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CHINESE FANS - The Chinese elevated the common fan to an art form.  We know that leaves and bird feathers were used as early fans but China gets credit for being the first place where fans were manufactured.  King Wu of the Zhou Dynasty (11th century B.C.) is credited as the inventor of the Chinese fan.  We believe that the idea for the hand-held Chinese fan came from the umbrellas that were fixed to the top of carriages of the Shang dynasty period (1600 - 1100 B.C.).  The oldest Chinese hand-held fan, which was found in the Hubei province in 1982 dates back about 2,300 year ago to the Warring States period. 

Early fans were made of bamboo "spokes" arranged in a half circle with silk wrapped around them.  These fans did not fold up, as we know them today.  Fans were primarily reserved for the member of the royal court and it was not until the Han dynasty (206 B.C. - 220 A.D.) that fans became widely available among the general population.  Fans became so wildly popular that in the Jin dynasty (317 - 420 A.D.) the emperor forbade them to be made out of silk since so many fans were being made that silk production could not keep up!  Chinese fans were made in many different forms.  For example, a fan's base could be square or round, or shaped like a familiar object, for example a duck's beak or fish tail. 

Here is an interesting fact you probably did not know.  The Chinese did not invent the folding version of the fan most commonly known.  This type of fan, or Zhe Shan, was brought to China from Japan in the 11th century.  Today, Chinese fans are made of many materials such as palm tree leaves, bamboo, and paper.  Other materials include bone, feather, ivory, carved lacquer ware, paper, and silk.  Additionally, you will find fans made of precious materials such as mother-of-pearl. 

Chinese fans grew beyond the realm of being ordinary household artifacts as fans became integrated with traditional Chinese painting and calligraphy to become works of art.  Chinese fan culture developed hand in hand with Chinese history until the modernization of the mid twentieth century.  Of the hundreds of fan artisans in historical Shanghai - only two remain today.  The main allure of the Chinese fan today is its value as a collector's item, especially for two types of Chinese fans - the Tuan Shan (reunion fan) and the Zhe Shan (a plaited fan that can be folded).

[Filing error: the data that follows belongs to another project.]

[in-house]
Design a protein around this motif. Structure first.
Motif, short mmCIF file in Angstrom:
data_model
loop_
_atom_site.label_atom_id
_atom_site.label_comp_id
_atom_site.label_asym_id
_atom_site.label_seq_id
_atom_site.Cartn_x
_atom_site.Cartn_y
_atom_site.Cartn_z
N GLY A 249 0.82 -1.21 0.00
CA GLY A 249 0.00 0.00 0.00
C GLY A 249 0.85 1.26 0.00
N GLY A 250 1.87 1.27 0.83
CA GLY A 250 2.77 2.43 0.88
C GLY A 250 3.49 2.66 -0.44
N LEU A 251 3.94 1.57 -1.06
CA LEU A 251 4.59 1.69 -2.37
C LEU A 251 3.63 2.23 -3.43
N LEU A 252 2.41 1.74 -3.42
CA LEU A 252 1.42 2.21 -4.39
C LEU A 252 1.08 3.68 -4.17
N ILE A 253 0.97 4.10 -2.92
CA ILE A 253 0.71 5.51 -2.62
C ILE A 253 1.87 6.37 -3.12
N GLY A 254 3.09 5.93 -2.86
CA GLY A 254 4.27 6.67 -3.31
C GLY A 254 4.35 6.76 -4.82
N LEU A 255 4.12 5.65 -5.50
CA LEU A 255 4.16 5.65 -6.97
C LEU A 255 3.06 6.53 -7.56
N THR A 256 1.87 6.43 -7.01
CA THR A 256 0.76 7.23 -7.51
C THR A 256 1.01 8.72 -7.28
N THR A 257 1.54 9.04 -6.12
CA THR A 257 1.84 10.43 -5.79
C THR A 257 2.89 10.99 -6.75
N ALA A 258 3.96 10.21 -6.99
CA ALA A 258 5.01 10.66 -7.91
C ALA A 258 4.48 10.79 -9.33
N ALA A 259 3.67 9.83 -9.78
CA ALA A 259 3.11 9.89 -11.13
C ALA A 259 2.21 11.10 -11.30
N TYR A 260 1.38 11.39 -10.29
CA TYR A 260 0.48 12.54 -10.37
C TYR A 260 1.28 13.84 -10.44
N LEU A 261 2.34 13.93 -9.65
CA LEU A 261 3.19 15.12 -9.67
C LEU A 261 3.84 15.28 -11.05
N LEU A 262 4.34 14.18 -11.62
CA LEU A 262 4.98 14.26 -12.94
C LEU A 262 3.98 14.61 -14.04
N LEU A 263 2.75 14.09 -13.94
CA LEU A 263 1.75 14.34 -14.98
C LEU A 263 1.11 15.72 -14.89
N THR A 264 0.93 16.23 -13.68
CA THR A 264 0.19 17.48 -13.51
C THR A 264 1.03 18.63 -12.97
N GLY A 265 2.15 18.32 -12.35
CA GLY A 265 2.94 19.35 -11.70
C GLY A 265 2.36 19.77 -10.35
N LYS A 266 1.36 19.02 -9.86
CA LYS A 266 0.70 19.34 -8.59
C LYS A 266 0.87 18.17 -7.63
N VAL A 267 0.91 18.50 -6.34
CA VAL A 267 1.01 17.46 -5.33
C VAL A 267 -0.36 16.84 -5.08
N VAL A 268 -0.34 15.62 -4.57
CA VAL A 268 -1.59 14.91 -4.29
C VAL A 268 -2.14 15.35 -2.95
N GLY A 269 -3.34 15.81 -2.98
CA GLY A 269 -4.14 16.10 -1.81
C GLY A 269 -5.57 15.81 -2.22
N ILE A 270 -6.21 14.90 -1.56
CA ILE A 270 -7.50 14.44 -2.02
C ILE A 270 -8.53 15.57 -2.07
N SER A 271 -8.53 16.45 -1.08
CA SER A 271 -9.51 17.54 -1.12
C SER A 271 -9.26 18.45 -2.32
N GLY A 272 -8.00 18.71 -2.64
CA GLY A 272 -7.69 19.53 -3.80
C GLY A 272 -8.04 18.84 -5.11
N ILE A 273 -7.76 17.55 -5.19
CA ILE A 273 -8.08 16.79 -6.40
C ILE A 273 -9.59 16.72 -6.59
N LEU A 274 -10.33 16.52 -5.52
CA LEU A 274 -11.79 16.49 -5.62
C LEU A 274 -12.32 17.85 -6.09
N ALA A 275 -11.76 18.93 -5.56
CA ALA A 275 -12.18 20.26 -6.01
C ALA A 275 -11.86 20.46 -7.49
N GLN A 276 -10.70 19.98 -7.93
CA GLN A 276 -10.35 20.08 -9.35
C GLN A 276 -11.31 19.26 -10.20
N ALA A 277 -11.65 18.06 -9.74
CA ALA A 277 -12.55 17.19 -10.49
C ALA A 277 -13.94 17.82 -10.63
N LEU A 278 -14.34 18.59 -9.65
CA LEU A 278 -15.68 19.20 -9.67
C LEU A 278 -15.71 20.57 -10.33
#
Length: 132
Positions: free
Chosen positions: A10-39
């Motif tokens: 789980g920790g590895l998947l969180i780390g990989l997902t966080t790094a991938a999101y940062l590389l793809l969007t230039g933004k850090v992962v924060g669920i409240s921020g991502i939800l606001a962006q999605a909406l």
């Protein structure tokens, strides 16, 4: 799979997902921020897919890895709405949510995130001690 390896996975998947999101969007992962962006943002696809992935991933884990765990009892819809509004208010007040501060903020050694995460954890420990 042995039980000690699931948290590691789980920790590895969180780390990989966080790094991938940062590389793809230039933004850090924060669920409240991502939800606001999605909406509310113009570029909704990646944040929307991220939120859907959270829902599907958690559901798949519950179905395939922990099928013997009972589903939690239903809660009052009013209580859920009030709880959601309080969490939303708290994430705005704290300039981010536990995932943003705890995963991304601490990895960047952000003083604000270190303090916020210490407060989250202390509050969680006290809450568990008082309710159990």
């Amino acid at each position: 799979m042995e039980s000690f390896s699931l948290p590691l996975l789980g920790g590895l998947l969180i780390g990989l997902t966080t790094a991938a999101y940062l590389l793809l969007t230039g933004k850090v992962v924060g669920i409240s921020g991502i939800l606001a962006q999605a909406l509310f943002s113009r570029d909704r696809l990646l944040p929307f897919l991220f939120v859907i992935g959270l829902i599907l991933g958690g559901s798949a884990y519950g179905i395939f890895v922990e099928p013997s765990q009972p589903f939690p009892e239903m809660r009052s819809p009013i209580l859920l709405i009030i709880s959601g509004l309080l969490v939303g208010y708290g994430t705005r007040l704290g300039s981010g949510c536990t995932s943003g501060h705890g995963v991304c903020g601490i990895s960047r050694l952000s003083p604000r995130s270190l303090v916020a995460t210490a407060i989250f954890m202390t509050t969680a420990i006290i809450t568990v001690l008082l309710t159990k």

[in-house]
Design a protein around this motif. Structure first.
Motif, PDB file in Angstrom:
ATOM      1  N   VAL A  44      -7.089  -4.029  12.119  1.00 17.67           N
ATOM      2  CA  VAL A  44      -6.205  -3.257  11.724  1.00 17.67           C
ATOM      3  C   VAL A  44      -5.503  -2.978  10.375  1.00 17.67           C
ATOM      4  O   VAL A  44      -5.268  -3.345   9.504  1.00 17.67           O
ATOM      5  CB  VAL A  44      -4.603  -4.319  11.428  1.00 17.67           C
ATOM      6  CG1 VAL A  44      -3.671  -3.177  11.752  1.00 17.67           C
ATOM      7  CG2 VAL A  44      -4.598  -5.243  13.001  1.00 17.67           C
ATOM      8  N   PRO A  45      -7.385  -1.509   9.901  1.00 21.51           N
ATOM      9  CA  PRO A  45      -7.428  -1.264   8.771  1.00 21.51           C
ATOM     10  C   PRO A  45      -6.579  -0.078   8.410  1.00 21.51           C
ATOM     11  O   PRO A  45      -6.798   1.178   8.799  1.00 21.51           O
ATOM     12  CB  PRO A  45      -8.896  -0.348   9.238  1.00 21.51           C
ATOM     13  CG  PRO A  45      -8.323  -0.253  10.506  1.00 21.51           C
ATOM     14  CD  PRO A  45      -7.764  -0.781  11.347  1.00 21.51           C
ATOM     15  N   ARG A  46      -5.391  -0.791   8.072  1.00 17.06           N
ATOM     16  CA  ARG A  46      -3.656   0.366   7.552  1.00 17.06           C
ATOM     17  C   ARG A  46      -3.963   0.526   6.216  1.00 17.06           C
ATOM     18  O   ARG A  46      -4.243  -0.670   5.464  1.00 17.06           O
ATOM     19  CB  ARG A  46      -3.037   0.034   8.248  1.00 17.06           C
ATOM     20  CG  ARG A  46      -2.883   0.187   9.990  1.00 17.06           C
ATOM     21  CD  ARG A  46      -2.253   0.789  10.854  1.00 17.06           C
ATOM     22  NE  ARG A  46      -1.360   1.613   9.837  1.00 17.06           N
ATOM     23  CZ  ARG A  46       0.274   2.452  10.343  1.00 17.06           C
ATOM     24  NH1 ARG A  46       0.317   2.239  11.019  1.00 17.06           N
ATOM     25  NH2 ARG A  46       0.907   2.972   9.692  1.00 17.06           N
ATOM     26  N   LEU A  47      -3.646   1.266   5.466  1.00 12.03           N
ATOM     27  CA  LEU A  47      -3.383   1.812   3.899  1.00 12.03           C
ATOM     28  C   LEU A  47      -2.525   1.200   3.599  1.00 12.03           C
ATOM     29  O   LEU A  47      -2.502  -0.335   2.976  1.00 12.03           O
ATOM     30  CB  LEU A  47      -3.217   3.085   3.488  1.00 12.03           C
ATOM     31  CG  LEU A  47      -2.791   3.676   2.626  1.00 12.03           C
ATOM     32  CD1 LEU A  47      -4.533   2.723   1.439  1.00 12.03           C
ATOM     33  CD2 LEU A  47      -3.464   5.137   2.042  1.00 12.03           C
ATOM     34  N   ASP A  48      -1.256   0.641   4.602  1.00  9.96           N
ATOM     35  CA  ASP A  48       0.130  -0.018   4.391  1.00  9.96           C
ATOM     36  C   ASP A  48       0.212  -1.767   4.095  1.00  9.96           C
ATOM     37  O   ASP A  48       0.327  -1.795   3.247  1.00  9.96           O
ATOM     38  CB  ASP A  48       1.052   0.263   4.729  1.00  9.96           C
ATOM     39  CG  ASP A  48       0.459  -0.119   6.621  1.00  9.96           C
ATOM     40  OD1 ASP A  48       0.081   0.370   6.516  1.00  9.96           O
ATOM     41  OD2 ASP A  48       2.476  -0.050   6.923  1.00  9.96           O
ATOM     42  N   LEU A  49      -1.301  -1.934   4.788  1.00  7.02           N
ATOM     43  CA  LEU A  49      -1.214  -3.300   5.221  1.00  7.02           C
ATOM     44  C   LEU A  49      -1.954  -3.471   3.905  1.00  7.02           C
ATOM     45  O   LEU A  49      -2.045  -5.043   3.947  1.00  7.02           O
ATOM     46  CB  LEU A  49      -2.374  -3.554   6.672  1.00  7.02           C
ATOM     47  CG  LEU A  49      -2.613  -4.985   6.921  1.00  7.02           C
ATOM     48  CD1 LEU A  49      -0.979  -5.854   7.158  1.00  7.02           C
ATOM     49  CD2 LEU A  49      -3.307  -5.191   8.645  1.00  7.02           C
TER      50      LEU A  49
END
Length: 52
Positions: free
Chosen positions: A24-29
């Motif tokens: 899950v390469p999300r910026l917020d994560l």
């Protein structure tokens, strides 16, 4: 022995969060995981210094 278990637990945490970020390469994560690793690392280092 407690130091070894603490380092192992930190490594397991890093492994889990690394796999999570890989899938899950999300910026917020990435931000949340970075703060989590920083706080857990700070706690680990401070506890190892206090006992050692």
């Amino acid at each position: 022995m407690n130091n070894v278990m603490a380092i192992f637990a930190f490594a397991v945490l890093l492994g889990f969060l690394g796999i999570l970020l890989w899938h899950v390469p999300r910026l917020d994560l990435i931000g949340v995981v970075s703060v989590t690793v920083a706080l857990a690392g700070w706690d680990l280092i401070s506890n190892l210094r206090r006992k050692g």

Tuan Shan fans are made of silk and can be round as well as square, or rectangular with rounded edges.  They were carried by both men and women until the Ming dynasty when they became identified as a fashion accessory for women.  The Zhe Shan became popular in China during the Ming dynasty, reaching a peak of popularity during the Qing era (1644-1911).  This is the time when the folding fan became known as a symbol of social status.  It was also during this time that the culture of using fan gestures as a way to express moods developed. 

The most valuable examples of Zhe Shan fans are those which are decorated with art and/or calligraphy.  The shape of the fan - narrow at the bottom and wide at the top - made them a challenge for artists to decorate.  One method used by calligraphers was to alternate short and long sentences on the panels of the fan.  That way, the writing did not look crowded or cramped and remained artistically appealing.  Writing was done both horizontally and vertically, depending on the preference of the artist and the patron.   

While art and calligraphy were the main means of decoration, there are examples of fans that have gold or other precious stones added to their faces.  The extra time and effort required to work on this type of medium is why decorated fans are the most prized.  The Qing dynasty was also a time when the Chinese fan was first brought to Europe.  Traders imported fans made of ivory which became popular with European women.  As Chinese Fans grew in popularity, Chinese manufacturers made and exported fans made of a variety of material. 

We are still intrigued by fans today.  They are a great way to cool off to be sure but there is more to it than that.  There is something special about holding a fan.  Maybe it is a reminder of history or that slightly exotic feeling you get when you unfold a fan.  In any case, the Chinese fan is likely to enjoy a timeless popularity.


The Great Wall of China The Forbidden City
The Terracotta Army Along the Silk Road
Chinese Fans
Gold Leaf Painted ~ 10 Inch Turnip Vase
Gold Leaf Lacquer
Pair of 10 Inch Closionne Vases
Pair of Brass Foo Dogs
Brass & Bronze
Inside Painted Boxes

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